Warm Up Your Muscles

As excited as we all get to hop on the lift and hit the slopes, we need to remember that warming-up can make your experience on the hill feel better on your body and it can save you from potential injuries.

So, what does warming-up mean and how can you do it next time you want to exercise?

Warming-up can be anything that gets your heart-rate up, meaning your heart is beating a little faster than it does when you are just going through your day. By warming-up, you are letting your body know that you are about to exercise, you are reducing your risk of injury and you are improving your coordination and range of motion in your joints.

Start with a 5-10 minute warm-up that utilizes the muscles that you will use in your exercise activity. Start out slowly and increase your intensity and speed until your body turns warm, literally. Some examples of warm-up exercises for snow sports that will reflect your movements and muscles being used on the slopes include:

  • Knee Lifts - These can be done either standing up or lying down. Slowly and smoothly, bend your knees up towards your chest. Hold the position for a few seconds. Return gently to the starting position and repeat the exercise.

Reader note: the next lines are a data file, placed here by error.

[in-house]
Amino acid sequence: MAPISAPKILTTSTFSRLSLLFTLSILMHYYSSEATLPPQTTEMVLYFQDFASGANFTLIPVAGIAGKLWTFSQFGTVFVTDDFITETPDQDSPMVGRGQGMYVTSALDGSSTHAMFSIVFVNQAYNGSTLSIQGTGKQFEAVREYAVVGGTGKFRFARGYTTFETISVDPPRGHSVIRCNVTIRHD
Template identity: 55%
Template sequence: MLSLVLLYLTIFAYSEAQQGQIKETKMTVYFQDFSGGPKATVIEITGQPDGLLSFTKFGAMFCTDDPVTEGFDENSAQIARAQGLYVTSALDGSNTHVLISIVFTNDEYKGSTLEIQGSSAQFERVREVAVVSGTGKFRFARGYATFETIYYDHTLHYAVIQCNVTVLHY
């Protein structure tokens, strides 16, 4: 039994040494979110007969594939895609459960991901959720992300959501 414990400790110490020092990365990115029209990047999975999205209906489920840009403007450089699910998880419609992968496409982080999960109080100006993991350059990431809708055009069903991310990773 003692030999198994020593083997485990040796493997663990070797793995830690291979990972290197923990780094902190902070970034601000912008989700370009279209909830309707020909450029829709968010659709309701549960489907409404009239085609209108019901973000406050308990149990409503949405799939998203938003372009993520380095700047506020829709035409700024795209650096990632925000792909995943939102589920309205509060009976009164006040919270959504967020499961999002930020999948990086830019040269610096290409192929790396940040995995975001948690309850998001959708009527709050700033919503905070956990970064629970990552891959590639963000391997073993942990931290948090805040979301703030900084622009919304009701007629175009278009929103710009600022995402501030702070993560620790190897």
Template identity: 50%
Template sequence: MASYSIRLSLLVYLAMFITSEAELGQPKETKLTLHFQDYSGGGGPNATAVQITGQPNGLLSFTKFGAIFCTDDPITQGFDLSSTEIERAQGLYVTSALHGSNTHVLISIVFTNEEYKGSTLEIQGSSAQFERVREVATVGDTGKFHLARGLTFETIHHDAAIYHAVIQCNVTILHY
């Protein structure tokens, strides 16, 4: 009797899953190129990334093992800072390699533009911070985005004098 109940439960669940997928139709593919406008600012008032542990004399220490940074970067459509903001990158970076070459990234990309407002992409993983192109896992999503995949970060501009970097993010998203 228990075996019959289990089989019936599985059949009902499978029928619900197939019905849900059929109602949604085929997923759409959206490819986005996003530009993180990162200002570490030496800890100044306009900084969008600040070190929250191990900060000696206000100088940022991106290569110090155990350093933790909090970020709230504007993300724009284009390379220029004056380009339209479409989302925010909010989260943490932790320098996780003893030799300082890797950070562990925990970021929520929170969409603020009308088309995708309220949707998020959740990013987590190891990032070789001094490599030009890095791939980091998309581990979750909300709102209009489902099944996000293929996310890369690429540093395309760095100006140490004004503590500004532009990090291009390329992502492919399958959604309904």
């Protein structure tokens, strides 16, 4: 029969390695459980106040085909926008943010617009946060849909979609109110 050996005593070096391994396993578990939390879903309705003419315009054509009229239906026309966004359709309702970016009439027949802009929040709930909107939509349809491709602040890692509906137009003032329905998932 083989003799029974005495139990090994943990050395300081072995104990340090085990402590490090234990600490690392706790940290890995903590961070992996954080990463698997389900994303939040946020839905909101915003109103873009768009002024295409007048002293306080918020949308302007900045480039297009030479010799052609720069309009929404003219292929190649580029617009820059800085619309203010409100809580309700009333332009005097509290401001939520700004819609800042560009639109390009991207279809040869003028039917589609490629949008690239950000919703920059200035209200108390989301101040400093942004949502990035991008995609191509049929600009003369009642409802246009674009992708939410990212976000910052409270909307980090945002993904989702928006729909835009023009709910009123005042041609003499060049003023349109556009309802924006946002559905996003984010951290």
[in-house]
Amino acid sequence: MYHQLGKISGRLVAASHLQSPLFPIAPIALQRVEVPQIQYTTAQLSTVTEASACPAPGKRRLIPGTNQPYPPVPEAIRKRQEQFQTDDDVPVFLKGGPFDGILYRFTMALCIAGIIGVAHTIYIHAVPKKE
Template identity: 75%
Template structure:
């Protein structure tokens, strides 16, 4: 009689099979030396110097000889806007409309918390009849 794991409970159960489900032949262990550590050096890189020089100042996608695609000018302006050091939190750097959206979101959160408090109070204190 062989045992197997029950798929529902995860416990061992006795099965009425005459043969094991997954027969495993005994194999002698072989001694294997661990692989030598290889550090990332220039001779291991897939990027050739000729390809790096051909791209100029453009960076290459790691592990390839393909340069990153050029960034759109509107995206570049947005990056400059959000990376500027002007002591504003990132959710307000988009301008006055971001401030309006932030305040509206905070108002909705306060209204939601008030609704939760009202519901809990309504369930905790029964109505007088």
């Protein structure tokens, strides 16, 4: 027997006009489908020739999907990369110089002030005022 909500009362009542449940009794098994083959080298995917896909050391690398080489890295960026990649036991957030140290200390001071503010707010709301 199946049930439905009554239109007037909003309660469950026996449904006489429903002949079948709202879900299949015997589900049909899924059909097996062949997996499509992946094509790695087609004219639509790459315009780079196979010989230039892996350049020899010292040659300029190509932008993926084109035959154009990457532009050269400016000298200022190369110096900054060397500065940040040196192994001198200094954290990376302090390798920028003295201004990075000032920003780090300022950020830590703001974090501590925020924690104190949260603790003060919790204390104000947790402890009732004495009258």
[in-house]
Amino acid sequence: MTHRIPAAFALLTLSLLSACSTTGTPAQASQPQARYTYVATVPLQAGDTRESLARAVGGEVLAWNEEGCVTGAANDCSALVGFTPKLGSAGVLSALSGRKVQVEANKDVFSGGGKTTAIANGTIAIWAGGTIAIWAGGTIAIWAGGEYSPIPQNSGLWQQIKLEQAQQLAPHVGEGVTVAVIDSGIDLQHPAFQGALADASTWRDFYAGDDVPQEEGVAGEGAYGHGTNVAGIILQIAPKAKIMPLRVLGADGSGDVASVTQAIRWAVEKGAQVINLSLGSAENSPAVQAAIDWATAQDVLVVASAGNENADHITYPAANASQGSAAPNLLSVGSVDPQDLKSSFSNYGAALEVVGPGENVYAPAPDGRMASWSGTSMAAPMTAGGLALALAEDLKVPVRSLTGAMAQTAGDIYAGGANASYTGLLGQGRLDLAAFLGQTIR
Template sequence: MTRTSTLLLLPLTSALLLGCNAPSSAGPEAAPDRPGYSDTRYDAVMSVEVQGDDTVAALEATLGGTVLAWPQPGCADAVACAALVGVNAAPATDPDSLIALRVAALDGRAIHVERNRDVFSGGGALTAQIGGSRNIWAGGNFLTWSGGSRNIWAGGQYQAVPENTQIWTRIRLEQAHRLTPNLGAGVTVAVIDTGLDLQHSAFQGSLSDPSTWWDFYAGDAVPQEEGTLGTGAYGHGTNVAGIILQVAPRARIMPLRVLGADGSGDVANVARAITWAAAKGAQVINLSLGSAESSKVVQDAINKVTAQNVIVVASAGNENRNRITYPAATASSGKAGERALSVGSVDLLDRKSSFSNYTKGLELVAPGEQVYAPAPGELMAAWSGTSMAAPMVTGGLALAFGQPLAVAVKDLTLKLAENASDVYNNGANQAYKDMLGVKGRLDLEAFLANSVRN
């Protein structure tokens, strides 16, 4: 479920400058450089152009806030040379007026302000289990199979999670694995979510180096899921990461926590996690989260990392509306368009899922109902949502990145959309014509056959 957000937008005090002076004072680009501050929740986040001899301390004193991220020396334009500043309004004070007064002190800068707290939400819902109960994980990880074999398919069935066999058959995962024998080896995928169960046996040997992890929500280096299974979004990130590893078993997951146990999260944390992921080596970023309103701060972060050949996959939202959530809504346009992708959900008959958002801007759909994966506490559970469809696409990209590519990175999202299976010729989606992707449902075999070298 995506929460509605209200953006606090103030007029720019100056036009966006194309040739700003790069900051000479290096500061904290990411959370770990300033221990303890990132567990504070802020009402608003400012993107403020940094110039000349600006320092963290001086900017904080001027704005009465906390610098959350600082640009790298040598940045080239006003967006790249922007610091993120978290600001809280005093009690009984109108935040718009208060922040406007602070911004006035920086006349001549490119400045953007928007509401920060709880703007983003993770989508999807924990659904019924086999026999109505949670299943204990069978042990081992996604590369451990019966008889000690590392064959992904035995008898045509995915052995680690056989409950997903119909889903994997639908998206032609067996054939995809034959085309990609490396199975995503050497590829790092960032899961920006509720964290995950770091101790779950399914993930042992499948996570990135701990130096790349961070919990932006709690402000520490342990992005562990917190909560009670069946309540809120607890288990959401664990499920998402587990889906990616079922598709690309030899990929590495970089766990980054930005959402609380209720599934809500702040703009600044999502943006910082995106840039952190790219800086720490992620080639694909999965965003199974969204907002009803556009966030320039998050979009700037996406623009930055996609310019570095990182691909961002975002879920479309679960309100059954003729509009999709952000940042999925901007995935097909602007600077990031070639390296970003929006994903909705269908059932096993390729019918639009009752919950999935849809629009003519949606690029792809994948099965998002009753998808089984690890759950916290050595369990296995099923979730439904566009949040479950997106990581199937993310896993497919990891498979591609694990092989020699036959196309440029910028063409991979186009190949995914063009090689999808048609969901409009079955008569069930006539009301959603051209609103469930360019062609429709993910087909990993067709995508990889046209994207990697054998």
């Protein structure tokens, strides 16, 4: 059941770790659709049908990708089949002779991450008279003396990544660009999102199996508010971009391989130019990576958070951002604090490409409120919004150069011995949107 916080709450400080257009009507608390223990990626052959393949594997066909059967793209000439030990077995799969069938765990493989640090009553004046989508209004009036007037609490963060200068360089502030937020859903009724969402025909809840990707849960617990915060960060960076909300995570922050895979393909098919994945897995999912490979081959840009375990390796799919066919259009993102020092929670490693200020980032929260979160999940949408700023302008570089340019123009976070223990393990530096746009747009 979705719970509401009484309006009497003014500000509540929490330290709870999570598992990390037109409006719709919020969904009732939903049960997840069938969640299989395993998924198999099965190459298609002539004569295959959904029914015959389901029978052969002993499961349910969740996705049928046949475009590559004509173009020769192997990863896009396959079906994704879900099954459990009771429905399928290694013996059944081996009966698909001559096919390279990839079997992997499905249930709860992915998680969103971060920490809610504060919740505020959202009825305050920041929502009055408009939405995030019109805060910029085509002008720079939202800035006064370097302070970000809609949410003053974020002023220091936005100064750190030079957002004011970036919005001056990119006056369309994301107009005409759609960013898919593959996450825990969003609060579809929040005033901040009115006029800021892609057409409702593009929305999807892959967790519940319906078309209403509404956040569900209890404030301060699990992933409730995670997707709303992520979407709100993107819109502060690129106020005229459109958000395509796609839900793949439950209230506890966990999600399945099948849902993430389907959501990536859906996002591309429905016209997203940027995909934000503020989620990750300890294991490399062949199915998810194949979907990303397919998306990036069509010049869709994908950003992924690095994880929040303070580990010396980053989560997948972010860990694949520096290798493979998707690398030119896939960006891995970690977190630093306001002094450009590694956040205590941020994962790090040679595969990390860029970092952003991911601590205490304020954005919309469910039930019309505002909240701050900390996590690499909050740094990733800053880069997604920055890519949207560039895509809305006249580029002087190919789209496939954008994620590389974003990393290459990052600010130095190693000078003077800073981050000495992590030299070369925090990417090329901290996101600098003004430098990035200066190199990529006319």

• Heel Raises - Place your feet shoulder-width apart with your knees slightly bent. Raise your heel off the ground by pushing up with your toes. Make sure that your toes remain on the ground, but that the heels of your feet have lifted up so that you feel your calf muscles working.

  • Ab Twists - This exercise is similar to a sit-up, with a twist! Lie on your back, have your hands placed behind your head so that your arms are bent at the elbow and your palms are resting on the back of your head. Keep your knees bent and lift up your mid-section as if you were doing a sit-up. When you reach the peak of the sit-up, twist your abs to either the right or the left. Repeat and twist to the opposite side each time.

  • Squats - Stand with your feet hip-width apart, your toes facing forward and slowly bend your knees as if you were going to sit in a chair. Keep your torso straight and your abs nice and tight. The important thing to remember with squats is that you want to keep your knees behind your toes, this way you are really using your glutes and hamstrings to execute the maneuver.

Once you are warm and feeling good about getting your heart-rate up, take a few minutes and stretch your main muscles (hamstrings, arms and calves) because it increases your reaction time and agility. You should hold each stretch for 10-15 seconds to get the most out of your efforts. Now, get out there and enjoy the day!

Content courtesy of SnowSports Industries America | SIA and Snowlink.com.